It's a little bit related really to the question of how do you stop translating in your head? And that's a question that Arnie asked in episode 167, which is about- yes, not that long ago actually. So yes, go back and check that out if you'd like to, just a slightly different angle on the same question. But if you want to express yourself like a Russian, then you need to spend a lot of time with the Russian language. It's a very simple equation that means a lot of listening, a lot of reading, a lot of speaking, and then gradually you just start to- your mind doesn't default to the English way of expressing an idea because it's just got so used to already thinking in Russian. But I think there are things you can do to practice this, and it's been on my mind actually, this topic recently because I've noticed that one of my big weaknesses in Cantonese, is that I tend to start expressing myself in English.

I tend to think about something in English and then try to express it in Cantonese, using that same approach or that same- how can you put it- that same approach to expressing an idea, the way of putting or constructing a sentence or constructing an idea. And I've just been very aware recently that it just comes out all wrong because I'm not thinking in Cantonese. When I've learned other languages, it's come much quicker than this but with Cantonese it's taking a lot longer. I still kind of find myself thinking in English. I think if we were to point to the process that you need to improve here or the skill that you need to work on. What it is, it's the point of actually thinking the thought because when you think the thought, you're thinking in English probably at the moment but by that point, in a way it's too late already because you've already got a starting point. So then from then, you have to kind of translate it into Russian.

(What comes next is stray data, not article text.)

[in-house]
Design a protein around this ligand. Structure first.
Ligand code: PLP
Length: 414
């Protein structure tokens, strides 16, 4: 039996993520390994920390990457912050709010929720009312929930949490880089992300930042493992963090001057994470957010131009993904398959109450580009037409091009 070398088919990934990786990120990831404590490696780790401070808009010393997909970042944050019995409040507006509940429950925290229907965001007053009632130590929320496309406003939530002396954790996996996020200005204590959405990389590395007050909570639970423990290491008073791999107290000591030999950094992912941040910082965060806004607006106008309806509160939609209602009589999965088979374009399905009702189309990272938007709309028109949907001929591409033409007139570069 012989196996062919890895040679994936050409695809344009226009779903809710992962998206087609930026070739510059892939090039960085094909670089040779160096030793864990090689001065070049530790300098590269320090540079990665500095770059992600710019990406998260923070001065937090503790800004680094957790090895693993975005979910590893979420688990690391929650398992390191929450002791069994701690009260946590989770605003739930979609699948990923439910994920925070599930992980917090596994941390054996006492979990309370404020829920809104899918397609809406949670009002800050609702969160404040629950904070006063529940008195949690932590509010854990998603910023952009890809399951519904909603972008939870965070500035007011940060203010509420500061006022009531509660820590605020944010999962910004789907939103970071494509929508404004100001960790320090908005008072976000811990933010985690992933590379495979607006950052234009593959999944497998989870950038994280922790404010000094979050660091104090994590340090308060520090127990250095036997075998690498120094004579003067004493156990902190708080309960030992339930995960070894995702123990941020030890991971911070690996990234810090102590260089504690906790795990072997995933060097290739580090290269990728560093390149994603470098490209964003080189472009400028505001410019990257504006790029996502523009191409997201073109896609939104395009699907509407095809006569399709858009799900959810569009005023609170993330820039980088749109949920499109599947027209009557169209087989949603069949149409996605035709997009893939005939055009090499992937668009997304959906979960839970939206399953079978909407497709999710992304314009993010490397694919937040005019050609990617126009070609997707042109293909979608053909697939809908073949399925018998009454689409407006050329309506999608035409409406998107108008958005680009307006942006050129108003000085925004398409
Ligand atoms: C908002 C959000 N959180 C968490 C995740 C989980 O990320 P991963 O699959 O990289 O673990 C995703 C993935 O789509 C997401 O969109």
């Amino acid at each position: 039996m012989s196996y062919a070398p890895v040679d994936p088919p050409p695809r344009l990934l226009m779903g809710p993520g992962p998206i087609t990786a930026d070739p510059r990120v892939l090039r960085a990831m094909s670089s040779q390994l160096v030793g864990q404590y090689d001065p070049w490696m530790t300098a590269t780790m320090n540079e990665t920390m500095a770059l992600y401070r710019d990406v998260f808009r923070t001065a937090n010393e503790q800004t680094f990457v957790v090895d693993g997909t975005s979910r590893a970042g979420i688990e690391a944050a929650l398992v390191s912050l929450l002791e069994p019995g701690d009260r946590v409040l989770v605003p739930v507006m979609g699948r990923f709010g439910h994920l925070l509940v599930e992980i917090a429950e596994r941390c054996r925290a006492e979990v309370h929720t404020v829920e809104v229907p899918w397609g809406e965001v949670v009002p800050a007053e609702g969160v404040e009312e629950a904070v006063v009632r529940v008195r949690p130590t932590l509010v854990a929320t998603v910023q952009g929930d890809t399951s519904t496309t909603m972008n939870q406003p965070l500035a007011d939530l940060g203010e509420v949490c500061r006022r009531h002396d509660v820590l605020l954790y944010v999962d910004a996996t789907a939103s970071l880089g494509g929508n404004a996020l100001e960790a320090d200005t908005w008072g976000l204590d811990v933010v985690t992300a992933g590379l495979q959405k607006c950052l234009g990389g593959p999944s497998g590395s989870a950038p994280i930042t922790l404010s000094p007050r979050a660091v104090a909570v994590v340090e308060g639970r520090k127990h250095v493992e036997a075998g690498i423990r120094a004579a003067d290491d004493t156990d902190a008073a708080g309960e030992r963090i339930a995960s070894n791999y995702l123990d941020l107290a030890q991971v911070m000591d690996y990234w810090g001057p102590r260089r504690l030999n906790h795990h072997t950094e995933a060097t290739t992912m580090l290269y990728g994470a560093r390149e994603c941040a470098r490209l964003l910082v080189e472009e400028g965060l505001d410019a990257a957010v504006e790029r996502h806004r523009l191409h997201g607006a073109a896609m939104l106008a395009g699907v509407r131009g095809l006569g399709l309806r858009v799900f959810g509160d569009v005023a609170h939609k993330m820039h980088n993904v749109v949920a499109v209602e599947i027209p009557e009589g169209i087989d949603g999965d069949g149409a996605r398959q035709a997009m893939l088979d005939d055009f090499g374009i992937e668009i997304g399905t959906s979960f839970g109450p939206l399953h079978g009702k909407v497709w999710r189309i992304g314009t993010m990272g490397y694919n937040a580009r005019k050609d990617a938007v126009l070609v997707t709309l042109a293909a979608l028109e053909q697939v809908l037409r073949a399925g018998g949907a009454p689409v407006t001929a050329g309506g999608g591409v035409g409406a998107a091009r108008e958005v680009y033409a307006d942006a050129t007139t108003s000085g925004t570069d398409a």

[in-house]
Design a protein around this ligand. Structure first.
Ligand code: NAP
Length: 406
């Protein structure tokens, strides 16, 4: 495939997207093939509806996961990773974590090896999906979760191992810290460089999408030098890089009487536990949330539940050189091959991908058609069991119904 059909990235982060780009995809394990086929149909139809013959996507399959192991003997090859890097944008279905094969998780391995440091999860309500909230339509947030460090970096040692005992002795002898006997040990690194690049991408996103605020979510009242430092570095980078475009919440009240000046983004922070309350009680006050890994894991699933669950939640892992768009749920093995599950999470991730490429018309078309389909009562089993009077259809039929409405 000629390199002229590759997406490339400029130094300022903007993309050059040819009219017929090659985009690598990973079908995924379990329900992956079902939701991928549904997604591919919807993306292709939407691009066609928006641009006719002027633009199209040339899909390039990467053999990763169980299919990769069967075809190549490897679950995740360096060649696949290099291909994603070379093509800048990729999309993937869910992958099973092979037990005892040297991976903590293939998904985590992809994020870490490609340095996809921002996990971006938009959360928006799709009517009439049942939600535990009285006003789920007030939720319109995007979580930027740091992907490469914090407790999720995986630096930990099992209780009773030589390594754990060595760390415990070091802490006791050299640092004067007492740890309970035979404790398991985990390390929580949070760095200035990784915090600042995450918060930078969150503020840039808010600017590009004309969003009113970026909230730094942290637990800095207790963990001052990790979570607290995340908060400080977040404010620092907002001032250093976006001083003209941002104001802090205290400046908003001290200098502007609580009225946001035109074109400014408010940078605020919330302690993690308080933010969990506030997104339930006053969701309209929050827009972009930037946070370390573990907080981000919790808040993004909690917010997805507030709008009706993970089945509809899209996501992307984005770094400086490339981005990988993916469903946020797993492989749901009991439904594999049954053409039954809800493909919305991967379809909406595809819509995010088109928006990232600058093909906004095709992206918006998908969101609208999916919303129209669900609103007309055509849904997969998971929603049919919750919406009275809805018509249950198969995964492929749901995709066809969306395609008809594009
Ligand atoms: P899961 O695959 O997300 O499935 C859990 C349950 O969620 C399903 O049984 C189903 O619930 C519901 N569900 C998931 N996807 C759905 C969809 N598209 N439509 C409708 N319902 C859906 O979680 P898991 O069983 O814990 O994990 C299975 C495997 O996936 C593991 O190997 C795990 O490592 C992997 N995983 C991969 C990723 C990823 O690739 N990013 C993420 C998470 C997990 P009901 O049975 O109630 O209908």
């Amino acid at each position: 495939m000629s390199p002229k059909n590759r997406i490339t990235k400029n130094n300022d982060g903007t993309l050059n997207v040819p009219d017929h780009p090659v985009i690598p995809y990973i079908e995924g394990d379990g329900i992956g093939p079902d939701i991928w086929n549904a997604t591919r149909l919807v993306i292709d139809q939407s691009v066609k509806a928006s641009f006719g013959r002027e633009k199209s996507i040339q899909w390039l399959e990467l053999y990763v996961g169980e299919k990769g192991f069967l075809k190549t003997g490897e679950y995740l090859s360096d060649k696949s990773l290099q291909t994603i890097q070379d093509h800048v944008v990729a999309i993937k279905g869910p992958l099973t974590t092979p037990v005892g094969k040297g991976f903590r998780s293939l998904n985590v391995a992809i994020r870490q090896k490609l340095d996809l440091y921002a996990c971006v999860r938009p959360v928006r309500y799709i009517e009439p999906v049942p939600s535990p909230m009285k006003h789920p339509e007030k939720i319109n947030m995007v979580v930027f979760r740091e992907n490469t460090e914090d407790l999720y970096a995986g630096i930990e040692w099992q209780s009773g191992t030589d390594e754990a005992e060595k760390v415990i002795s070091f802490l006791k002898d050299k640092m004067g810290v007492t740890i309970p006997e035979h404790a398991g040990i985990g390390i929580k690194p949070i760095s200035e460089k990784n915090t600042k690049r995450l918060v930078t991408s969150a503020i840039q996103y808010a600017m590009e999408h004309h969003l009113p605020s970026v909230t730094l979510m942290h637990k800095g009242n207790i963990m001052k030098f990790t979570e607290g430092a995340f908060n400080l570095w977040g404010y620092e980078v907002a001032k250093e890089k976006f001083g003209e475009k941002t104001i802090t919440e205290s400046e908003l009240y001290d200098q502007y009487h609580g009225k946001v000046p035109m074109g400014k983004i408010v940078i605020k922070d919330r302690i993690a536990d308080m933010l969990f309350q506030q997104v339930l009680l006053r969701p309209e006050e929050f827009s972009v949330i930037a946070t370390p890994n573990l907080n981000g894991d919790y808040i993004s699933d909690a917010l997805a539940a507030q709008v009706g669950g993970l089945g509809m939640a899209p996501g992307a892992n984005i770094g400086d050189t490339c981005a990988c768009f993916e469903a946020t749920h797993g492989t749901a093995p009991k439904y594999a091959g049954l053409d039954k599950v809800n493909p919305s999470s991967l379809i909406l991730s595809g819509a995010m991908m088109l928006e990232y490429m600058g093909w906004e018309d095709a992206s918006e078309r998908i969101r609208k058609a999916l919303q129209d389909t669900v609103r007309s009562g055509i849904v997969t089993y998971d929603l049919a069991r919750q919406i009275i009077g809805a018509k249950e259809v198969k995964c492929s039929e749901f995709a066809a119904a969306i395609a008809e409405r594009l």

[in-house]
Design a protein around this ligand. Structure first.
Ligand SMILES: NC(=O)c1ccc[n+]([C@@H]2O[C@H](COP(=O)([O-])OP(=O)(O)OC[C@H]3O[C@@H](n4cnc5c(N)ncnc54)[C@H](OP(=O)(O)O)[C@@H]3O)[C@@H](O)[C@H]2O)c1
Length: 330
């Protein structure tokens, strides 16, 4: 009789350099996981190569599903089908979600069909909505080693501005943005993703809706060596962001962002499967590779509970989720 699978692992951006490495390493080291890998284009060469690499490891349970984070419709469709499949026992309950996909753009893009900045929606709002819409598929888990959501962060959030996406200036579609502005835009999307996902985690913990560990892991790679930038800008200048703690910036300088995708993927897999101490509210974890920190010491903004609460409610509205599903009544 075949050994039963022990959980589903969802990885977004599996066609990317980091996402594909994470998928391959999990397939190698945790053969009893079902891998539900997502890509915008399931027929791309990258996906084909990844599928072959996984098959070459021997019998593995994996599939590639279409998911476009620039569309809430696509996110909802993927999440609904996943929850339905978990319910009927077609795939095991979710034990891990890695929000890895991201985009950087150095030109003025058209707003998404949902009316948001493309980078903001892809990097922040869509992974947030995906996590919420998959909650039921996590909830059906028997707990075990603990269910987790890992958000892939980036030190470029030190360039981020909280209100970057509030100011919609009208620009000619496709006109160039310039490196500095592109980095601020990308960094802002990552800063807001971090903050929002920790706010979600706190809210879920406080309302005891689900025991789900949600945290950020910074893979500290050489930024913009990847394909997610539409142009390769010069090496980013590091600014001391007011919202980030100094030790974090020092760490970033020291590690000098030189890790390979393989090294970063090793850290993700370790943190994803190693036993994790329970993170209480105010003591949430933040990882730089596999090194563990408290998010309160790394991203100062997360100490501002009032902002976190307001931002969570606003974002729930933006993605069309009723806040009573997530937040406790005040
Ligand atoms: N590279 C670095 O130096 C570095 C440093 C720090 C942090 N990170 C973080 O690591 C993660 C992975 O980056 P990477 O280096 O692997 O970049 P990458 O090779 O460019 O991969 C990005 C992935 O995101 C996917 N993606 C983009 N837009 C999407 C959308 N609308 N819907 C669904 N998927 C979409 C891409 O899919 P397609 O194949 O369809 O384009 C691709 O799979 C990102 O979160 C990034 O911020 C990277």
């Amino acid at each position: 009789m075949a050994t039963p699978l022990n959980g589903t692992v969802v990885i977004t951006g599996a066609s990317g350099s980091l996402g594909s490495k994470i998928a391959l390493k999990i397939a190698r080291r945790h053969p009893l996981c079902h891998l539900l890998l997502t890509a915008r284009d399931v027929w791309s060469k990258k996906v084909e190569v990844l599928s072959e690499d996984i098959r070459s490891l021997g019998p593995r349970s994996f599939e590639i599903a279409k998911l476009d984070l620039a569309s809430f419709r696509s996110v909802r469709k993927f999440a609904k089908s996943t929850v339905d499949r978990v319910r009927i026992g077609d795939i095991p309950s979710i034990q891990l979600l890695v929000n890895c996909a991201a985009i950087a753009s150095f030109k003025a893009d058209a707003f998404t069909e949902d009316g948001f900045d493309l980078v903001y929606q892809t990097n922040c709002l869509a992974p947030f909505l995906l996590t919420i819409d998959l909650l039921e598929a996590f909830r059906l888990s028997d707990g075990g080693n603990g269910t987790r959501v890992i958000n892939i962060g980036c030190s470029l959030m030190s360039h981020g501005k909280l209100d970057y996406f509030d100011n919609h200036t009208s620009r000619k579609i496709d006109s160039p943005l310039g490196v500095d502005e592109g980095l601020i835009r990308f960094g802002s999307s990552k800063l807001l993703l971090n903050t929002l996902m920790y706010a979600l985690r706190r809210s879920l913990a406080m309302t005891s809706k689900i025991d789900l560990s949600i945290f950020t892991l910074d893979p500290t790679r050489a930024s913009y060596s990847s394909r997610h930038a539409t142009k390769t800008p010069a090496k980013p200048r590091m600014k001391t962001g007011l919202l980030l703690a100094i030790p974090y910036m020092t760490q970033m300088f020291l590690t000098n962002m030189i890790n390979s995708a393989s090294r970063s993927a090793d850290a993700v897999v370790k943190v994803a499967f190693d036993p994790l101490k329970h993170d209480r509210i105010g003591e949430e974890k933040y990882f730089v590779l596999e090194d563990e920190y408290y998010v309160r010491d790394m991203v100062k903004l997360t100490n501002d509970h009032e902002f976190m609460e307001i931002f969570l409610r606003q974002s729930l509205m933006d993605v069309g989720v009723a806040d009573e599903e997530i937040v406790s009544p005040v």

So eventually you'll start to do it naturally. Your mind will go directly to the Russian way of thinking but the kind of micro skill that you need to practice that would be most helpful right now, is some kind of exercise that stops you before you start to express the idea in English. So it kind of slows down the process and then gives you feedback on what you tried to say. So for example, let's say I want to express the idea, “I'm hungry and I want fish and chips.” Now I have no idea how to say that in Russian but the fact that I've already said it in English means that we're not off to a good start because I have to translate, right. So a good exercise would stop me before I say that, and it would ask me, “How do I say I'm hungry in Russian, and I want fish and chips? And what's the correct Russian way of saying this?”

Do you see? So we're slowing it down and we are asking that question right at the first instance before you utter the sentence or even think the thoughts. And then when you do your best to say that in Russian, you get feedback straightaway from a teacher or from someone else. So let me give you a few little exercises I think can help. I'll kind of caveat this by saying that there is just simply no substitute for a lot of reading and listening but these are the kind of exercises that I will point you towards. The first one is reverse translation and I'm sure I've mentioned this on the podcast before. I've actually recorded a video that shows you how to do it as well and I'll put that in the show notes which will be at iwillteachyoualanguage.com/episode185.

Now the basic idea with reverse translation is that you translate something from English into Russian but then you have the answer there so you can check it yourself. So what you do, is you start off with a paragraph in Russian, so you've got to find something to work with, then you translate it into English yourself. Then you cover up that original Russian and then working from the English translation you've just done, you then translate yourself back into Russian. So essentially what you've got, is the English translation functions as the ideal- the concept of what you want to express, and then you translate it into Russian and then of course you've got the original to compare it to, which is your feedback.